CHS

In March, officials closed all of Charlottesville's public schools for two days after a threat was made online against Charlottesville High.

An Albemarle County teenager pleaded guilty Wednesday to making a racist threat online that shut down Charlottesville City Schools for two days.

Joao Pedro Souza Ribeiro, 17, on March 20 threatened an ethnic cleansing and a school shooting, telling white students at Charlottesville High School to stay home. In court, a prosecutor said there was no evidence Ribeiro intended to carry out violence but that the threat disrupted local life and fueled fear.

“The threat was against persons in our community and re-traumatized our community,” Assistant Commonwealth Attorney Samantha Markley said in court. “It instilled fear and shut down education for two days.”

Ribeiro was arrested Friday morning and charged with one felony count of threatening a school and one misdemeanor count of harassment by computer. Ribeiro’s identity was mistakenly released by Charlottesville police earlier this week. Authorities do not otherwise release the names of juveniles who are not charged as adults.

He appeared in Charlottesville Juvenile and Domestic Relations District Court after spending several days at a local juvenile detention center.

Ribeiro’s attorney asked to close the hearing because he is a juvenile, but Judge Ronald Morris ruled that, since he was charged with a felony, proceedings would remain open.

In court, Ribeiro said he is a senior in high school. According to statements Markley made in court, Ribeiro posted the threat while in study hall to the online forum 4chan, parts of which are frequented by white supremacists.

“He stated his intention was to post it as a joke,” Markley said. “He stated, quote, ‘I didn’t even think. I was just bored in my study hall class.’”

Markley said Ribeiro deleted the message after posting it, but it had already been seen, commented upon and directed to the attention of law enforcement.

“The content of the message led officers to believe there was imminent danger to multiple persons,” Markley said.

Markley said local police and FBI investigators traced the message to Ribeiro. When law enforcement detained and questioned him, she said he quickly admitted to posting the message.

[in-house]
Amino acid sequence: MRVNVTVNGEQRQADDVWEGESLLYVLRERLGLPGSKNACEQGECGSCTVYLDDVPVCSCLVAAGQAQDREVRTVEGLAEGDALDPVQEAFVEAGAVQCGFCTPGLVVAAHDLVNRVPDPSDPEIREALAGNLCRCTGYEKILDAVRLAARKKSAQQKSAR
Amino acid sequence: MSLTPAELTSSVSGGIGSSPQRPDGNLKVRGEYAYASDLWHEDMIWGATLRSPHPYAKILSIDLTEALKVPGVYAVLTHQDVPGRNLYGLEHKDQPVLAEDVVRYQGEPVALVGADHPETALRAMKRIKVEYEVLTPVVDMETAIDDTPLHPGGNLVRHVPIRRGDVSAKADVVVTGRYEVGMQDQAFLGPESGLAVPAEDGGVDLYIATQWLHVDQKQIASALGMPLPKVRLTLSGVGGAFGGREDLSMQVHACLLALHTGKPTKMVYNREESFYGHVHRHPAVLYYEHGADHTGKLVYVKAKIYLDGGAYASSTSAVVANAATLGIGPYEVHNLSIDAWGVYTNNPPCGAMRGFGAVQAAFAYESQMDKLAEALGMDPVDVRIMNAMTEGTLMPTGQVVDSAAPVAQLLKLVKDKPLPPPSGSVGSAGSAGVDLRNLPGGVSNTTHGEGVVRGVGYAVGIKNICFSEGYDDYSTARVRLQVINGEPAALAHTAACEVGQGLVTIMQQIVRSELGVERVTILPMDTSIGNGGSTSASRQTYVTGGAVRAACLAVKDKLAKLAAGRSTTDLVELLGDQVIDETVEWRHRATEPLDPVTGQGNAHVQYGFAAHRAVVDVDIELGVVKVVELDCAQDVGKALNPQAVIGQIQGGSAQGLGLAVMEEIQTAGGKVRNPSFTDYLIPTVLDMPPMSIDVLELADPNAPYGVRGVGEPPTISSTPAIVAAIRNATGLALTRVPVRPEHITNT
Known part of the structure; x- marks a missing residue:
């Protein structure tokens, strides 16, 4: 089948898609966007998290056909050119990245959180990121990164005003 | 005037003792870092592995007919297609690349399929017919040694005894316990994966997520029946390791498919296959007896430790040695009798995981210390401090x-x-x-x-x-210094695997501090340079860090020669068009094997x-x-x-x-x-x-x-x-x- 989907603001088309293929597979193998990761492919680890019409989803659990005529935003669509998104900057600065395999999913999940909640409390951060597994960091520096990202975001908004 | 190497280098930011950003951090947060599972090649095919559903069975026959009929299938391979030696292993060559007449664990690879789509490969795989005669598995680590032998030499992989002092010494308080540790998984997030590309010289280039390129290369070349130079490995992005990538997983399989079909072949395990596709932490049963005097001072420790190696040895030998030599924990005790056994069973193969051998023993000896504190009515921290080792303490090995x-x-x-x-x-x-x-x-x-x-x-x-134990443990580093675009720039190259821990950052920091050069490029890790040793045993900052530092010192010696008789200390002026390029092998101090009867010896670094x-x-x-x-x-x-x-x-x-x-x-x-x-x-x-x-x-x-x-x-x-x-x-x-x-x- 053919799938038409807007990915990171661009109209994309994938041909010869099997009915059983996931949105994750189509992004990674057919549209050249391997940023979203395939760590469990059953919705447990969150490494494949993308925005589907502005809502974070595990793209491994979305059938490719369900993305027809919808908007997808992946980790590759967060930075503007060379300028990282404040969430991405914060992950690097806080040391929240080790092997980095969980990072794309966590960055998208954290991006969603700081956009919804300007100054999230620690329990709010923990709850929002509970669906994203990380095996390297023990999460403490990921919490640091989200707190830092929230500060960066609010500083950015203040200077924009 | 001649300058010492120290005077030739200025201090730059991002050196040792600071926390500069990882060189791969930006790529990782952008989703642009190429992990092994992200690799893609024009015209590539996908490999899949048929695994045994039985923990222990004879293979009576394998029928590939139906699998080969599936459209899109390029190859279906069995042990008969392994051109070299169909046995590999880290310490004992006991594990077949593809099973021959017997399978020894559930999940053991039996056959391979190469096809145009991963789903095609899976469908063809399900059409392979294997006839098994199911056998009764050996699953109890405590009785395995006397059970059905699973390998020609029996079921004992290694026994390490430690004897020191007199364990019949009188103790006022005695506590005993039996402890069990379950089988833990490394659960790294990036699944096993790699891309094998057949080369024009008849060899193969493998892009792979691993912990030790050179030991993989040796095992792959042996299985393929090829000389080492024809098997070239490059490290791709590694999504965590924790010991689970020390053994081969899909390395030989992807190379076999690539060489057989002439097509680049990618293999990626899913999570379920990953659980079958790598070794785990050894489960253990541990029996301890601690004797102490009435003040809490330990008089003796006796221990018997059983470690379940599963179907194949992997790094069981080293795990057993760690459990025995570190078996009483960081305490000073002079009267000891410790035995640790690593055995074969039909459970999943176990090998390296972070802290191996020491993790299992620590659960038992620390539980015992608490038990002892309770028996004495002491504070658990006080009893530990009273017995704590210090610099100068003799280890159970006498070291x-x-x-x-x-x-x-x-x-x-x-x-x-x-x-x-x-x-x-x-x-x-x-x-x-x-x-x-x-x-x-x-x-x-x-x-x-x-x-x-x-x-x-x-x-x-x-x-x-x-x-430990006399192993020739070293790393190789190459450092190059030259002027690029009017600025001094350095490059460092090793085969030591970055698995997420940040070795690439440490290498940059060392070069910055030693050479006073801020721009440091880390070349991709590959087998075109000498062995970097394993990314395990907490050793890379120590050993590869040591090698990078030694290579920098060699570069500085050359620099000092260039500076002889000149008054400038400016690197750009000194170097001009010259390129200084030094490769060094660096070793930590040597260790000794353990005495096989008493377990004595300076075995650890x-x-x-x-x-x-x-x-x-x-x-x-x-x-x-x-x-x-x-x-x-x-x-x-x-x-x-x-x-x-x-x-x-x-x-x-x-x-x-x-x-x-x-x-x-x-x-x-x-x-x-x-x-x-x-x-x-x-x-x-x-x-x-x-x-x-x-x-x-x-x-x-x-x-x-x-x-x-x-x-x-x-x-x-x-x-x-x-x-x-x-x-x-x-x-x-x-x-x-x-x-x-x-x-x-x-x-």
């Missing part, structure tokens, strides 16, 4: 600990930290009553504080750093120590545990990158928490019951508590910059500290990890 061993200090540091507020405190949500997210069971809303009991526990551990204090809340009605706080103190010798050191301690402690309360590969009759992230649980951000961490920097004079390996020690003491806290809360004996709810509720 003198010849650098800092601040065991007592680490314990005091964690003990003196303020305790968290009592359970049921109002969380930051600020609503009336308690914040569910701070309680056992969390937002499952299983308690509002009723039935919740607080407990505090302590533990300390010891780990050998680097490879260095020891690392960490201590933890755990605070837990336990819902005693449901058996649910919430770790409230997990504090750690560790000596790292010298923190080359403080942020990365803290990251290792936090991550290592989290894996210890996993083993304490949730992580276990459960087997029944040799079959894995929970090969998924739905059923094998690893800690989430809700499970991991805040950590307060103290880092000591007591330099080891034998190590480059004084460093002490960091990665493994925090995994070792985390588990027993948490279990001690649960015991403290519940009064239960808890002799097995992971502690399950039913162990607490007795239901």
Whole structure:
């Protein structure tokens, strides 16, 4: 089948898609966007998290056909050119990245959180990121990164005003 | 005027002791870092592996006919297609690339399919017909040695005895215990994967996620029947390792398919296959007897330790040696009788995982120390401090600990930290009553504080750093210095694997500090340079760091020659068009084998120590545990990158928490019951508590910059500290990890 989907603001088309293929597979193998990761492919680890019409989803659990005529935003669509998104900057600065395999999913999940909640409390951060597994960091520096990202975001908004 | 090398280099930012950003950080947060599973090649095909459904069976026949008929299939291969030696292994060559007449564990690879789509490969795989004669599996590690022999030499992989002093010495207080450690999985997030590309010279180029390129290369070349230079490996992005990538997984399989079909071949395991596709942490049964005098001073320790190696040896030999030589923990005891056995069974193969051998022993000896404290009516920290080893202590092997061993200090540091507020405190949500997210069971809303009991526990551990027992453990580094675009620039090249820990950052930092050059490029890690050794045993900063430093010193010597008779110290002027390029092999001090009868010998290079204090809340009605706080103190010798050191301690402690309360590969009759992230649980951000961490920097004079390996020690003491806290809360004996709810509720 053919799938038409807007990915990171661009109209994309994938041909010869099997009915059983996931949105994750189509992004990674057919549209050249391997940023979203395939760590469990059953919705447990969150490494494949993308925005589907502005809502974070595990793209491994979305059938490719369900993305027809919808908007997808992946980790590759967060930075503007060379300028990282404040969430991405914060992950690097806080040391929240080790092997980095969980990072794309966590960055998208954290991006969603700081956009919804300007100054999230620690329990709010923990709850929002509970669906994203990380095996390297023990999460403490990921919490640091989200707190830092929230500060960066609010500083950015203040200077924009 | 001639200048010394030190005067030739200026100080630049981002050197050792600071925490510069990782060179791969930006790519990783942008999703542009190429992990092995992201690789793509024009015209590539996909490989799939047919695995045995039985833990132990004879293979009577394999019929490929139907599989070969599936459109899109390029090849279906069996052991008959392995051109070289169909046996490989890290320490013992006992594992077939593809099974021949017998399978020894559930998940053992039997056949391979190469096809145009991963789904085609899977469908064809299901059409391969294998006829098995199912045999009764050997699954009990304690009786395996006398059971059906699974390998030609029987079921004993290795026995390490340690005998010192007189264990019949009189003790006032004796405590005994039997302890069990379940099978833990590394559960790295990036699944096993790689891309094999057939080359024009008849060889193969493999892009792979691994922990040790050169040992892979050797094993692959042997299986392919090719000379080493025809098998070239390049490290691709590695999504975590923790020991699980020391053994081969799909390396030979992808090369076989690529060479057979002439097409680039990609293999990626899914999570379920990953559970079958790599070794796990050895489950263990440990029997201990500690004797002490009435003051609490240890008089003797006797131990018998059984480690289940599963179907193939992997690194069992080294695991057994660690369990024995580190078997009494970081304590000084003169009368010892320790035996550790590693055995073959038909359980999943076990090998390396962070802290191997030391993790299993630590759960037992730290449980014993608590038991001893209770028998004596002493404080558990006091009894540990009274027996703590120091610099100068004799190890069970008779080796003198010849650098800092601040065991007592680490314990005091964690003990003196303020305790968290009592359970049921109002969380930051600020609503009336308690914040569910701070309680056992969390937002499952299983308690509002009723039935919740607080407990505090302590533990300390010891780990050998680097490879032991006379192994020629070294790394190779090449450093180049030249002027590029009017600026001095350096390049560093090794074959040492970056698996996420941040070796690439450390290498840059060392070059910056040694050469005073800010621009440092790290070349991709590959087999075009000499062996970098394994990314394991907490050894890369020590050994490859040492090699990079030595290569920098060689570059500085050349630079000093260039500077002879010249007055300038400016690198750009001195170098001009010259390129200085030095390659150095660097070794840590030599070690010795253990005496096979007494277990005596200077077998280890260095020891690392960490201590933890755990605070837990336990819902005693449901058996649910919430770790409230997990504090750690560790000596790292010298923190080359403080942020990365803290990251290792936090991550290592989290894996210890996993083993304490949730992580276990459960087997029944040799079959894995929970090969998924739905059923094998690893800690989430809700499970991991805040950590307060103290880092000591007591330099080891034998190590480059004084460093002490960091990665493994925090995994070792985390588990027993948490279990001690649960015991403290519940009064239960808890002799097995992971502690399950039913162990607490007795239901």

Police found no weapons at Ribeiro’s house and found no evidence that he actually planned to carry out the threat, Markley said. They found no evidence that he has associated with white supremacist groups. Instead, she said, it appeared he had simply made the post in order to seek attention and cause disruption.

Ribeiro’s attorney disputed that understanding of his intentions, saying he had merely posted the message as a joke. She said he was not a danger to the public and had never been in trouble before.

The judge, after making sure that Ribeiro and his parents, whose first language is Portuguese, understood the proceedings, found Ribeiro guilty. Ribeiro spoke for himself in English, but a translator was provided for his parents.

Ribeiro has no previous convictions, authorities said.

A disposition hearing, where a judge will determine a sentence, is scheduled for April 24. Morris ruled that Ribeiro must remain in custody until that hearing.

In another incident, Albemarle County police arrested a teen at midnight Friday for a social media threat that referenced Albemarle High School. That teen was charged with one felony count of making threats to a school. Police did not identify the teen arrested in the Albemarle threat.

County police said last week that they are working to determine if the threats were connected.

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